For the first time in more than a century, a woman will finally get space on the nation’s paper currency but she may have to share it with a man.
The $10 bill, up for a redesign in 2020, will feature a female face, Treasury Secretary Jack Lew announced Wednesday. He’s also considering keeping Alexander Hamilton, the current resident of the bill and the nation’s first Treasury secretary, on some of the notes.
The decision to change the ten-spot came as feminist groups have been pushing for a woman on the currency in 2020 to mark the 100th anniversary of the 19th Amendment, which gave women the right to vote. Sharing space with Hamilton who not only conceived the nation’s financial system but also served as a protagonist in the nation’s first sex scandal wasn’t exactly what they had in mind.
A nonprofit organization, Women On 20s (Slogan: “A woman’s place is on the money”), has been campaigning instead to get rid of Andrew Jackson, the nation’s seventh president, whose face appears on the $20 bill. Jackson’s record of removing Native Americans from their land and his opposition to the central banking system made him a good candidate to be yanked, they’ve argued.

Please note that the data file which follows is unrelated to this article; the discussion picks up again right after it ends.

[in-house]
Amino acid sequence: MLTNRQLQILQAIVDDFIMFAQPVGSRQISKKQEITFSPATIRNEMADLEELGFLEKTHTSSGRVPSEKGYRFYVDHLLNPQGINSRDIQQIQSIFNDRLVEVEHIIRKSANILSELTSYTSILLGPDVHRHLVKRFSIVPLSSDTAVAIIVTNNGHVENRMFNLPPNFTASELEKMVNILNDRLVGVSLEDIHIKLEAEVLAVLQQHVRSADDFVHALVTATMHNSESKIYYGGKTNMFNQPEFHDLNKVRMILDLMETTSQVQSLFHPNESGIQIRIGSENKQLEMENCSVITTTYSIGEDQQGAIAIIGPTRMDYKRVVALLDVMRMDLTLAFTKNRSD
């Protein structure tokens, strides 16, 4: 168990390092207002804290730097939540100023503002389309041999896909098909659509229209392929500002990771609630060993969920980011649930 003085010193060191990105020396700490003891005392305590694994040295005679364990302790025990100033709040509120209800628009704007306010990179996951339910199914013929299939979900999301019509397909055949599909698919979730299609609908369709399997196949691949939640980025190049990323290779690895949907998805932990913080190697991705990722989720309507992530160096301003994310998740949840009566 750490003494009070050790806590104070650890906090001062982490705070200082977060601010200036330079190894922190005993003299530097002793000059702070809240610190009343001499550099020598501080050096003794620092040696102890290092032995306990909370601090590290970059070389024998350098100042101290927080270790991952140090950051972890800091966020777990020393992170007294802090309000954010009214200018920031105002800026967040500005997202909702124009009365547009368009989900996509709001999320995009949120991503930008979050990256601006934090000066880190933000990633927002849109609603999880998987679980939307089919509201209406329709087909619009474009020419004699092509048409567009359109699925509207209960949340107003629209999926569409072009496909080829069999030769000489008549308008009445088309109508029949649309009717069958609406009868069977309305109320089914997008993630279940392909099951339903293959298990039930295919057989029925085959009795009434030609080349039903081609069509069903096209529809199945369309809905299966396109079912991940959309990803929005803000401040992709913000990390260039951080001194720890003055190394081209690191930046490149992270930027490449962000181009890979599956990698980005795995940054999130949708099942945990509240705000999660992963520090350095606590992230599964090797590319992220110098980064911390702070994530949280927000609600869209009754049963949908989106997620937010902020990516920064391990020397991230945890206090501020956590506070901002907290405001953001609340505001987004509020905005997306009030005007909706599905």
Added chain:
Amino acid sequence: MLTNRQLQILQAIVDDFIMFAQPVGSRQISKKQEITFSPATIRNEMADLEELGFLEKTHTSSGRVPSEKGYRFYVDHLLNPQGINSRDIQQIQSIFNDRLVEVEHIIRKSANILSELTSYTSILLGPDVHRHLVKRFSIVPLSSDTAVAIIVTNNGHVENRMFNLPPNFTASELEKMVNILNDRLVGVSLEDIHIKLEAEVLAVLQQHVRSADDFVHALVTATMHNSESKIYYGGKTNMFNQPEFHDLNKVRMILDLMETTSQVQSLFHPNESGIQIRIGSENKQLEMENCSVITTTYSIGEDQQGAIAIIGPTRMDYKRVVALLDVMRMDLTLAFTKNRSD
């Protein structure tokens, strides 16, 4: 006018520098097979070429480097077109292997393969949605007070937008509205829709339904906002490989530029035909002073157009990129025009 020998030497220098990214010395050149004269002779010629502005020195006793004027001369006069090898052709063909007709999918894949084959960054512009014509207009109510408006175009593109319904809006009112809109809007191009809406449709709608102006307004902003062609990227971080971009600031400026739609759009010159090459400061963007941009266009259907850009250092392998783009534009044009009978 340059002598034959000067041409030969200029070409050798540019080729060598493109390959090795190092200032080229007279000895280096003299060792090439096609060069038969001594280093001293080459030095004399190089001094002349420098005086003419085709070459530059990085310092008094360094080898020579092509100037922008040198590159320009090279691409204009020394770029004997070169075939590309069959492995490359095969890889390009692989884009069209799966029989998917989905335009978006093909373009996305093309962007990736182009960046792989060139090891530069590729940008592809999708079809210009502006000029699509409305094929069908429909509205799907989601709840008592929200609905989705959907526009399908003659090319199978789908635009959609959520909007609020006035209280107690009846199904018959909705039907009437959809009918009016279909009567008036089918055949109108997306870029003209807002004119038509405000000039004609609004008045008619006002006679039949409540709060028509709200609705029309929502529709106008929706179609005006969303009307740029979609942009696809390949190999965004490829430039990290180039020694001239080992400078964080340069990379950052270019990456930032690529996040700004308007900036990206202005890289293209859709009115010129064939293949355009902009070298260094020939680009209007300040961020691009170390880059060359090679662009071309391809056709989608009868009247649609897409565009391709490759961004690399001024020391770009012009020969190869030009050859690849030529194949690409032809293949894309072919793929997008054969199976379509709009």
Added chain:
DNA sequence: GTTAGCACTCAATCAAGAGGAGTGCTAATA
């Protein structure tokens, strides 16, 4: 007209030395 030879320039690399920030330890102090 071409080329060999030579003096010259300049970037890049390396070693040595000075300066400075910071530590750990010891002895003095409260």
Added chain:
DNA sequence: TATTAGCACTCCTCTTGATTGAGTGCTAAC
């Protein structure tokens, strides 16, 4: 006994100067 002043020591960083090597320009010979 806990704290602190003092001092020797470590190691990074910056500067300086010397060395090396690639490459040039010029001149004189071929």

Harriet Tubman was the winner of a poll the organization conducted to determine which woman should replace Jackson.
U.S. currency has rarely undergone major redesigns, but in 2013, the $10 bill was chosen for a remake partly to beef up protections against counterfeit threats, the Treasury said.
Lew said putting a woman on a bill had been under consideration well before his tenure at Treasury began, and President Barack Obama endorsed the idea last year, when he called it a “pretty good idea” during a July speech about the economy in Kansas City.
The Obama administration will be considering nominations of prominent women in U.S. history over the coming months and expects to announce its selection at the end of the summer, the Treasury said.
Lew said it was “personally very important” to him to preserve Hamilton’s place of honor on the $10. So whether it’s by printing $10s with different faces, or with multiple portraits on a single one, the woman will have to share with Hamilton.
In fact, Hamilton shared his bed with more than one woman making him one of the first subjects of a political sex scandal.
While his wife, Elizabeth, and kids were staying with relatives, Hamilton began an affair with a young woman named Maria Reynolds in 1791. He was secretary of the Treasury at the time, and Reynolds and her husband started extorting money from Hamilton. Hamilton eventually confessed to the affair in full detail in a pamphlet that also featured letters between him and his mistress.